Roosters are really annoying

So, I’ve been thinking about ‘helping’ some people with their rooster problem. If you’ve ever had chickens, or received some young ones from unscrupulous sources, you may be familiar with the realisation – at around 4.30am – that what you have bought or been given are not chickens at all, but in fact roosters. It’s a difficult decision: do you hang onto it, hoping the neighbours aren’t the murderous type and that the rooster will turn into a chicken; do you kill it and eat it; do you try to give it back; or do you see an opportunity?

Lately I’ve been looking through the classifieds online and have been getting increasingly excited about the number of roosters that people are trying to give away. Most of the ads say something like ‘free to a good home’ and ‘reluctantly giving away my prized cock’. It seems as though these people are looking for somewhere that the roosters can live happily ever after, crowing and scratching, being appreciated, and possibly even making more little roosters.

However, I’ve seen an opportunity. As soon as I see the photo, I zoom into the neck region. Some of these unwanted roosters have something I want. It’s not the meat, or the cheap alarm clock, or the quirky demeanour, or the ability to create more little chooks. It’s the feathers. Beautiful, long, colourful feathers.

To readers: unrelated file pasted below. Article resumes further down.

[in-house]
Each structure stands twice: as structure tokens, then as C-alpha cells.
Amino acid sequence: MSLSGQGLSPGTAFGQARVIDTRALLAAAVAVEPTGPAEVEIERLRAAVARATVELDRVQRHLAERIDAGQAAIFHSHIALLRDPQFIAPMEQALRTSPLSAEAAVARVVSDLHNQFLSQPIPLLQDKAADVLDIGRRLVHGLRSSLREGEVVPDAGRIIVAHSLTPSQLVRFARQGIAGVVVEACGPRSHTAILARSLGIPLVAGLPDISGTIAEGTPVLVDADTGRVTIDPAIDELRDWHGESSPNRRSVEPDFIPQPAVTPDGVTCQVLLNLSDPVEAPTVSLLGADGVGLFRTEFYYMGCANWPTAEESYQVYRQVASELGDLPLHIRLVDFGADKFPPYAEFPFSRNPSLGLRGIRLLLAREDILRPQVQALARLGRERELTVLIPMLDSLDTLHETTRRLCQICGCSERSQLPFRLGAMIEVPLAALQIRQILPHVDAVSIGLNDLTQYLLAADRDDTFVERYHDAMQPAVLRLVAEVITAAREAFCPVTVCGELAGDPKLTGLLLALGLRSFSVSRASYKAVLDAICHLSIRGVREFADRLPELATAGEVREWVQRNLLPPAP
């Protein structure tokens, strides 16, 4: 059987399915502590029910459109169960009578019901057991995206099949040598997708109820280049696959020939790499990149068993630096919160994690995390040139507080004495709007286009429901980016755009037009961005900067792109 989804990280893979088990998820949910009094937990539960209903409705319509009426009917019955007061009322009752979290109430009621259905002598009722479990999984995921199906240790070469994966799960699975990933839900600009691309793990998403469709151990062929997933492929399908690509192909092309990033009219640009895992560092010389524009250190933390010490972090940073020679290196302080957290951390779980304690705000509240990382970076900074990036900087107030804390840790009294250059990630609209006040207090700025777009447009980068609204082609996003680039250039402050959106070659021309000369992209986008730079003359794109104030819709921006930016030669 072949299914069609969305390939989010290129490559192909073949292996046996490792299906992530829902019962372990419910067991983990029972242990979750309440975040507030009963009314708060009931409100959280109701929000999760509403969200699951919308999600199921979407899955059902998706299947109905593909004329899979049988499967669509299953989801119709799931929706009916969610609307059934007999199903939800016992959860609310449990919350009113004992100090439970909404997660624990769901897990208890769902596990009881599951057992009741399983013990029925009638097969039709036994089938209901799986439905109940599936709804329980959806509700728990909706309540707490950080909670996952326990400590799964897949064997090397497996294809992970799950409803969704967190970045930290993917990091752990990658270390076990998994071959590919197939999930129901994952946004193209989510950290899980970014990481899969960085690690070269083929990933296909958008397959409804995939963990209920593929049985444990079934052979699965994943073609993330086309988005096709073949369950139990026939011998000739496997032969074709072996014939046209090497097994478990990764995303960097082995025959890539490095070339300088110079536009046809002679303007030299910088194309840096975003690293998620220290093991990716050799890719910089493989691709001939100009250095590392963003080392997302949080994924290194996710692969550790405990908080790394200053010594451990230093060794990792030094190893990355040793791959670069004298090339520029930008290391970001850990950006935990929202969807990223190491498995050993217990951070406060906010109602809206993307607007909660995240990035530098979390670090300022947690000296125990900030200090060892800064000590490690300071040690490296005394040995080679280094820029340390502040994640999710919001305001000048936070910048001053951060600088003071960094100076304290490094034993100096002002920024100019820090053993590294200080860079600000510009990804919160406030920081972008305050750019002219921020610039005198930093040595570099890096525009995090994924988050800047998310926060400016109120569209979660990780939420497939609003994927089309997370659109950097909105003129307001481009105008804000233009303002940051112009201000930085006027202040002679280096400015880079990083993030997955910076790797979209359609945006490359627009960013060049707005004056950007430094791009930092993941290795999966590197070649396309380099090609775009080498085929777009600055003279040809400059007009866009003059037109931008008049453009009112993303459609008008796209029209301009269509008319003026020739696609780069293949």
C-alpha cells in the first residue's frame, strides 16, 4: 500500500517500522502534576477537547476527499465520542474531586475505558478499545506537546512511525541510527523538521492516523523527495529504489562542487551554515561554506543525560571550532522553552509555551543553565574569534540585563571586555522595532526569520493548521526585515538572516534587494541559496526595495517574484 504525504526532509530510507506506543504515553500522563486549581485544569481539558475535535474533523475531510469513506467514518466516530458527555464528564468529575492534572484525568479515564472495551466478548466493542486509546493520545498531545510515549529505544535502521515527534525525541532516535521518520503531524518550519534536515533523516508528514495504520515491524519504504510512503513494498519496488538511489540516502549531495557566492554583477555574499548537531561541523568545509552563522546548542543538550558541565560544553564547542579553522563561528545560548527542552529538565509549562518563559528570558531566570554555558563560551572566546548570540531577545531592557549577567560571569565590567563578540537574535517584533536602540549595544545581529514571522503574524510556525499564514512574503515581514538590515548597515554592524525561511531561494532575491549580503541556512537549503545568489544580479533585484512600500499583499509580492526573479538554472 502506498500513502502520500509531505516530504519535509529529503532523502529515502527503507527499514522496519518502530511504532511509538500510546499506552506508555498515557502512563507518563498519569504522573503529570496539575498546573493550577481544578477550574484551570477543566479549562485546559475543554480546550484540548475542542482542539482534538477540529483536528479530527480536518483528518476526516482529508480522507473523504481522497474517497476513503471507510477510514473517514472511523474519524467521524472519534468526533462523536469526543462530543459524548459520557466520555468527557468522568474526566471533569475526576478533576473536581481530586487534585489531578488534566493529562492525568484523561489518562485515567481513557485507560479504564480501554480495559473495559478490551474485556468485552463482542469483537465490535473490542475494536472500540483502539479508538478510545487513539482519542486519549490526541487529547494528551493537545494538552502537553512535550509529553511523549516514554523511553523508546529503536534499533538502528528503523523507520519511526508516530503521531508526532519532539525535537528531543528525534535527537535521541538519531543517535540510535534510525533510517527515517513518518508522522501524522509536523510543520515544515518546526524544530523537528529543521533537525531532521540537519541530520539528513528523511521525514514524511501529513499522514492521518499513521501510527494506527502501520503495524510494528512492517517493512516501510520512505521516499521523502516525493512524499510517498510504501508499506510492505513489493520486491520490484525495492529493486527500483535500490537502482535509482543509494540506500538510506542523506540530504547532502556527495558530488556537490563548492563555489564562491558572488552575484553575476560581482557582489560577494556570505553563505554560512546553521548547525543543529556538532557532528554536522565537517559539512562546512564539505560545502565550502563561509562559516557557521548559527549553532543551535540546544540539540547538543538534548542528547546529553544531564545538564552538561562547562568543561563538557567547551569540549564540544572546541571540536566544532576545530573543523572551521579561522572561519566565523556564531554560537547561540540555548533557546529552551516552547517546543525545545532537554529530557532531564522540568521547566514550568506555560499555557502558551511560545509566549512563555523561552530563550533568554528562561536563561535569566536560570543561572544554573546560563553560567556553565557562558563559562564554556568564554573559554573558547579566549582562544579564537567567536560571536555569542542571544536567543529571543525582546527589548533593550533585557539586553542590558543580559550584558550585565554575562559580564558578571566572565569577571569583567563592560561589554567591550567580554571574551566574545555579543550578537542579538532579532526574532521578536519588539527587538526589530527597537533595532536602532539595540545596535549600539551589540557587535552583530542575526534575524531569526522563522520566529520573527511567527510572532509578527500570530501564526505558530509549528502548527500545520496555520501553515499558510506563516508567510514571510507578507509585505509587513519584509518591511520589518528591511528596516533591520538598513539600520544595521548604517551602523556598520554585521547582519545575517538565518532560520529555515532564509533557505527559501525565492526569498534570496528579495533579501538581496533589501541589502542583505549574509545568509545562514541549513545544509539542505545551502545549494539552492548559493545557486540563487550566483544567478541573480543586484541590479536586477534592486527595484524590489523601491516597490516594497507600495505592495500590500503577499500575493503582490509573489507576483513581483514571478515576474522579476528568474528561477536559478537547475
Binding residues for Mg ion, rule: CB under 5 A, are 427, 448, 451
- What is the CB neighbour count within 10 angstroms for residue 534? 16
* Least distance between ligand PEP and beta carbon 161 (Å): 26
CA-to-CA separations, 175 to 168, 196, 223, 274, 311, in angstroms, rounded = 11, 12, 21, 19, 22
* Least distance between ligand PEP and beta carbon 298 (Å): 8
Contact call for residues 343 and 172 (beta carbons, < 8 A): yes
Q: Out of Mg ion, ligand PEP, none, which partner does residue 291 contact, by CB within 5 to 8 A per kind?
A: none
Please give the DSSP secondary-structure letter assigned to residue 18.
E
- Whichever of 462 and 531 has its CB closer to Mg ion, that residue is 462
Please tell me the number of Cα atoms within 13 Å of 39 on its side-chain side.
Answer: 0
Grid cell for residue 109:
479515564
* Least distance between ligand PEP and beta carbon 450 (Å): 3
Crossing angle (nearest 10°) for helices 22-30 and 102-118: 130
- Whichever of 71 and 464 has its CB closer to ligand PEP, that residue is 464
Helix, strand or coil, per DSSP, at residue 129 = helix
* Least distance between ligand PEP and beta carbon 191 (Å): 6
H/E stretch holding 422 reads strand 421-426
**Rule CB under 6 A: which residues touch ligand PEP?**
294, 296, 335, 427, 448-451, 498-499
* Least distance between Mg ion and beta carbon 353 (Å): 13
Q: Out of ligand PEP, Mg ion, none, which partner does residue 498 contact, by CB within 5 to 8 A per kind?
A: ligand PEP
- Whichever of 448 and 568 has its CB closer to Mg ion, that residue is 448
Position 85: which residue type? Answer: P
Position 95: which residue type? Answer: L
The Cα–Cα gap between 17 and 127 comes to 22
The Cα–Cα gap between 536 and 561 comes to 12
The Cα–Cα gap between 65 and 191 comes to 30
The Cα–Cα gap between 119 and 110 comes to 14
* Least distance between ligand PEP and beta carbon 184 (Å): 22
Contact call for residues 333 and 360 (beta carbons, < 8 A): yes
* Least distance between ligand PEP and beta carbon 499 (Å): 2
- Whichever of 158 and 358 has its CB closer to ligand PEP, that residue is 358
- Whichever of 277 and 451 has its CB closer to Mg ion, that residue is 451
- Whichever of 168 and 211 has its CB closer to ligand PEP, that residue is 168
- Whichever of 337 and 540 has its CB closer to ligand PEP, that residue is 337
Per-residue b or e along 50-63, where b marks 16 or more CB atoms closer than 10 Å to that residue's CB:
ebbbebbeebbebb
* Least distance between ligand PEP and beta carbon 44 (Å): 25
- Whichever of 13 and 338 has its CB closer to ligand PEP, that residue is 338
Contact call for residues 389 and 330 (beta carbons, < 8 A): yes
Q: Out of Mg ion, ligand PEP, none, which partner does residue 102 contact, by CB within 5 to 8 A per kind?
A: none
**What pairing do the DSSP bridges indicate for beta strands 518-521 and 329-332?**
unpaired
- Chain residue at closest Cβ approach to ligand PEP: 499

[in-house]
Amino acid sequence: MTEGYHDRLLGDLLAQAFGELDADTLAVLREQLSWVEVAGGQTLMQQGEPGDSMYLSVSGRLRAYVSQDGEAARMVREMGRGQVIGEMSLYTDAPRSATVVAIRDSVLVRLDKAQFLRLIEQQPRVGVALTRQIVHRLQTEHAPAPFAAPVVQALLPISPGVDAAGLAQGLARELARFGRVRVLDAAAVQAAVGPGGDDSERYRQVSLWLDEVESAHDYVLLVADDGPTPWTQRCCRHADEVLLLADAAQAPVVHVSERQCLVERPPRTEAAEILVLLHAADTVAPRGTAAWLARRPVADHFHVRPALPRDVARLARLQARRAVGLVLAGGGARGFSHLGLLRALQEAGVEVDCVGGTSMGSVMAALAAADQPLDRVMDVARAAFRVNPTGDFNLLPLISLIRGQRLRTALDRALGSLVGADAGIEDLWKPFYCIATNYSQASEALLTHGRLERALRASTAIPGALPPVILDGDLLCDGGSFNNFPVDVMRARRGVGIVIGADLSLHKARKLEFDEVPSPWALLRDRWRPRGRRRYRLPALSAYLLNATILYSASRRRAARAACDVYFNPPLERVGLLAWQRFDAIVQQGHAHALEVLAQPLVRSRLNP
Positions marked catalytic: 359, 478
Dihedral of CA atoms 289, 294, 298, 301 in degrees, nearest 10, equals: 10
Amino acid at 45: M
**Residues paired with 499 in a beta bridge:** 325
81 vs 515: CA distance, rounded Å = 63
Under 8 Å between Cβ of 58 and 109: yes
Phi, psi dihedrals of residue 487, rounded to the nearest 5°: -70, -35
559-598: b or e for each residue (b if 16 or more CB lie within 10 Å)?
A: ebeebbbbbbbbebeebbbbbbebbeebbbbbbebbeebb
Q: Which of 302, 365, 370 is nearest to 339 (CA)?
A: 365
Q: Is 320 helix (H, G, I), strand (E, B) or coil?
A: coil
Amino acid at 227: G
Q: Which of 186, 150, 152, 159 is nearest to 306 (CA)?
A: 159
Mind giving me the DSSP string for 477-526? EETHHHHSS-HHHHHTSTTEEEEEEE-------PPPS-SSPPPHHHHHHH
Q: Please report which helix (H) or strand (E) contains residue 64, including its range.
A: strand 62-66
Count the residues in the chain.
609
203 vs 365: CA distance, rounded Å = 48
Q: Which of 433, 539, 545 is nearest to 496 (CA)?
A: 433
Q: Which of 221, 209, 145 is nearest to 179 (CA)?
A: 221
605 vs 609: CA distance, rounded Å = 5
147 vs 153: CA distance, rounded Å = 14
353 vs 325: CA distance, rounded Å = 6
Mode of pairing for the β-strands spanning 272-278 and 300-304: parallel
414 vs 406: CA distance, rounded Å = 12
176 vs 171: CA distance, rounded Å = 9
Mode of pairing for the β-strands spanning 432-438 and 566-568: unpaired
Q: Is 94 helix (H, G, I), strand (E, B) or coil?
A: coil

There are a few ‘recipes’ online for how to cure the capes, but it seems it’s as simple as 1) kill bird, 2) skin with feathers on, 3) stretch skin sections out and nail to a board, lifting the section so that air can circulate, 4) sprinkle borax or salt onto the flesh to draw out the moisture and oil, 5) scrape off any excess fat or gooby stuff and 6), wait a week.

7) Voila! Feathers for flytying!

However, I am grappling with the whole honesty aspect. What will I tell the reluctant seller? ‘I appreciate the animals beauty…and versatility’?  ‘It’s going to a good home…on my fly tying desk’. Should I feel bad? I’m not sure, but it shouldn’t matter too much…should it!?

I’ve decided to give it a go anyway and will provide an update when it happens. I’ll be sure to include the gory details, including those of my own guilty (and hopefully justifiable) emotions.

Lee

flickandflyjournal.com

Hamish Webb, Dan Firth, Graham Fifield and Lee Georgeson have been fishing the south-east Australian region since 1987. Since then they’ve become avid sportfishermen who are constantly looking for new ways to challenge themselves. They are all scientists and conservationists who are passionate about the long-term sustainability of the ecosystem in which they live. They promote understanding and appreciation of the complex socio-political, economic and environmental issues surrounding fish, fishing and fisheries, while never losing sight of the various motivations that keep them coming back. In English, that means they love all things fishing and have a damn good time on the water, and that’s all that really counts in the end!

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